26 suspects were questioned in court. Many were pronounced “not guilty” (including Signori, but his reputation remains permanently tainted) and escaped criminal prosecution, but their bans remained. Five-year bands were handed to a further five individuals, were many others receieved shorter punishments (the shortest being 12-month bands for Antonio Ciriello and Salvatore Quadrini).

Club-wise, it wasn’t just Cremonese and Benevento who came under suspicion. Serie B’s Ascoli were dealt with a six-point penalty and a hefty fine, Ravenna were relegated to Lega Pro Seconda Divisione (fourth-tier), Piacenza were fined and deducted four points and a host of other clubs (including ex-Scudetto winners Hellas Verona) were either fined or penalised via point deduction. Cremonese were deducted six points and fined €50k (a huge sum for a lower-level Italian side), while Benevento started this season on –9 points.

Calcioscommesse isn’t an international incident like Calciopoli because it occurred outwith Serie A. I’m sure that’s why the conspirators focused on the likes of Cremonese and not Juventus, Milan etc. Operating at a lower level allowed them to fly under the radar and avoid the public eye, presumably making them harder to catch. Fortunately they were caught, and this whole mess has been cleaned-up.

This was the last thing calcio needed in 2011. Football on the peninsula’s reputation had already been dealt a hammerblow by Calciopoli, and Calcioscommesse is a huge blow to the sport’s slow recovery. Lord knows how long this has set us back, but it won’t help dispel the droves of shallow-thinkers who already believe that every Italian game is a fix.

Atalanta’s Involvement

That’s Calcioscommesse in a nutshell, but how has it affected Atalanta? The Nerazzurri were undoubtedly the most famous club to be punished, and it was initially thought that they’d be denied entry into Serie A, but this wasn’t the case.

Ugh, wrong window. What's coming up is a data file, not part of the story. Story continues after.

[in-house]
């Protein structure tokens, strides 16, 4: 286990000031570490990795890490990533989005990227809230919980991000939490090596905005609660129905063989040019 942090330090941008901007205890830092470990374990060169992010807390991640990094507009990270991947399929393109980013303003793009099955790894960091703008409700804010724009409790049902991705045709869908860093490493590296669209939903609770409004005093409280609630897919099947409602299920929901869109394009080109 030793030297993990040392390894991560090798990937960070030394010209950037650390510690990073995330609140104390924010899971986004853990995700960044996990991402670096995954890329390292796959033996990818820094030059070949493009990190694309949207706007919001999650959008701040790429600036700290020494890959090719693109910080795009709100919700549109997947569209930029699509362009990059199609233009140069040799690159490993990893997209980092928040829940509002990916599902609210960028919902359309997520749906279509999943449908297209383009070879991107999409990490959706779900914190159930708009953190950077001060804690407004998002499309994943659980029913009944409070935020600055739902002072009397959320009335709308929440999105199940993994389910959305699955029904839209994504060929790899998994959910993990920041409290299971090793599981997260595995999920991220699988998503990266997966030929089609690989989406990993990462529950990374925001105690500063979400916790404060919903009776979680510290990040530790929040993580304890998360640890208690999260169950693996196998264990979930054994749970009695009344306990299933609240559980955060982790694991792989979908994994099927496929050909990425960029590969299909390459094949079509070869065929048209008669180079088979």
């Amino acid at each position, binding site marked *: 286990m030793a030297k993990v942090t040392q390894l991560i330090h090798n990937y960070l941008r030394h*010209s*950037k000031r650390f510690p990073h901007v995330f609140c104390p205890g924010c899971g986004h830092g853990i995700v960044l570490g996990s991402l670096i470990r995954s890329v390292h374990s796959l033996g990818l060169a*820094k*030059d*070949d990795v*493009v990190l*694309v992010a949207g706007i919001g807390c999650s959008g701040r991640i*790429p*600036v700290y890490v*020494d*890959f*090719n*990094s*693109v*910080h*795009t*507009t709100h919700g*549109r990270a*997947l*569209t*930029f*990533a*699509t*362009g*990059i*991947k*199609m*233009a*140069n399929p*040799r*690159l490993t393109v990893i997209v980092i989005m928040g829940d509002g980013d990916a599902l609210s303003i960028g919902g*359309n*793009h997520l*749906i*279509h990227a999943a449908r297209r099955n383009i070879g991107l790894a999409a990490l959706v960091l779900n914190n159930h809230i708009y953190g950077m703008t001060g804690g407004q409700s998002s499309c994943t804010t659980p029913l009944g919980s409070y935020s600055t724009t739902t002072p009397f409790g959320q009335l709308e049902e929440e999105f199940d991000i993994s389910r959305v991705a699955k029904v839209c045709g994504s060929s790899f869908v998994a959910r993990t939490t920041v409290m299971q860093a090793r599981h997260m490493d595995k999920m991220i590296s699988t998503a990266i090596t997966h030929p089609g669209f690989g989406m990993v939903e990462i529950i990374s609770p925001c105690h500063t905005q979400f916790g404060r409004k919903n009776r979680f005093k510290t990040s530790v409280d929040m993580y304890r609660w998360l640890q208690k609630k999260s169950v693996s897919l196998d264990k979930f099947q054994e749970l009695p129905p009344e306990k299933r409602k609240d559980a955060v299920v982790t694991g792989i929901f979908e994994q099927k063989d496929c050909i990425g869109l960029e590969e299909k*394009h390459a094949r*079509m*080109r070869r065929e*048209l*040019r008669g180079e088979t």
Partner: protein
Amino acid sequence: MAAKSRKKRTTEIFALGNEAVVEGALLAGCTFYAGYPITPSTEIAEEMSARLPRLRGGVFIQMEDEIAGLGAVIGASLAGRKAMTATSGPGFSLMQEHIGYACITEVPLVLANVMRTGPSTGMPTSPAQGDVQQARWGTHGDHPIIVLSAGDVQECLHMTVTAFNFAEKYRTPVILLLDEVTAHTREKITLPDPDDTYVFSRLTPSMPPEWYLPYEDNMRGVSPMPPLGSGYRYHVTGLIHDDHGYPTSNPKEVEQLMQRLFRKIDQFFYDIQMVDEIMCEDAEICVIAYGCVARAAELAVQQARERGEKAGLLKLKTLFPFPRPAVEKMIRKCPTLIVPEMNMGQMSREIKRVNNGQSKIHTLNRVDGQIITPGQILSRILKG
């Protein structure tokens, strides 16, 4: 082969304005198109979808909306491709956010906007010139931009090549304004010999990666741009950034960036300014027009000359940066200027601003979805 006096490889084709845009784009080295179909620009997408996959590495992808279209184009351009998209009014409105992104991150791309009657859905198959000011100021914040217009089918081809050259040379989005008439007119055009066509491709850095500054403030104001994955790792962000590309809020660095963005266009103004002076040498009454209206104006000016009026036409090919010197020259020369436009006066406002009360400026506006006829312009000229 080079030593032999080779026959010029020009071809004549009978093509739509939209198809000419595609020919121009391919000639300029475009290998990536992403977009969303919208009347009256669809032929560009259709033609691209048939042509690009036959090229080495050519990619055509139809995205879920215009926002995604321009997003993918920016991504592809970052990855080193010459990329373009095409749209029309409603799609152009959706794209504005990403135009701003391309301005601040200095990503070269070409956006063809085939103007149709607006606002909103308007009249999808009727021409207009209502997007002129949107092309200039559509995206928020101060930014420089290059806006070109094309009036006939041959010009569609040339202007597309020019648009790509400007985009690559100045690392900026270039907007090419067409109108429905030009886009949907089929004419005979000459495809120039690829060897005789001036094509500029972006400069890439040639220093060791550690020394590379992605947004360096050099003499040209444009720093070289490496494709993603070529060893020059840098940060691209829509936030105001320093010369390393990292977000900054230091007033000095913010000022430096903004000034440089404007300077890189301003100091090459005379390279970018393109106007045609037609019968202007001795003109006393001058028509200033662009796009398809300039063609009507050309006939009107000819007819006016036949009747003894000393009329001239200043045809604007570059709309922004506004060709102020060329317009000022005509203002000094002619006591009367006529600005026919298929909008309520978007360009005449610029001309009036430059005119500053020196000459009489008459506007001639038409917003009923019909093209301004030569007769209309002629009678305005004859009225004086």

Three of Atalanta’s Serie B games came under scrutiny last season. Extraordinarily large bets were placed on their 1-1 draws with Ascoli and Padova, as well as their 3-0 win over Piacenza. Further evidence came from Ascoli’s Vittorio Micolucci, who claimed that Atalanta defender Thomas Manfredini had approached his squadmates to promote a mutally-beneficially draw, and further wiretap recordings.

Atalanta started 2011-12 in Serie A but on –6 points, while captain, star player and club legend Cristiano Doni was banned from football for 3½ years. Aged 38, this ban, if not overturned, effectively ends Doni’s career. The Nerazzuri and Doni have both appealed their punishments and continue to trumpet their innocence.

 Miraculously, La Dea would’ve topped Serie A with 10 points after four games if it weren’t for the deduction. They’ve started the season excellently despite a widespread assumption that they’d struggle without Doni. In truth, Atalanta bought very well this summer and now have a good balance of grit and silk within their squad.

Perhaps it’s not surprising that misfortune has rallied them. Italians thrive like no one else with their backs against the wall. An Azzurri squad branded the “worst Italy team ever” took home the 1982 World Cup, and the feat was repeated in 2006 just months after Calciopoli had come to light. Atalanta, bonded by the belief that they’ve done nothing wrong, are using that same grinta to great effect in 2011.

There’s not enough evidence for me to credibly say whether Atalanta are guilty enough. Hopefully the appeal will clear that up. For now, I’m enjoying watching La Dea rise above the Calcioscommesse malaise. Theirs has been one of Serie A’s great stories this season, and long may it continue.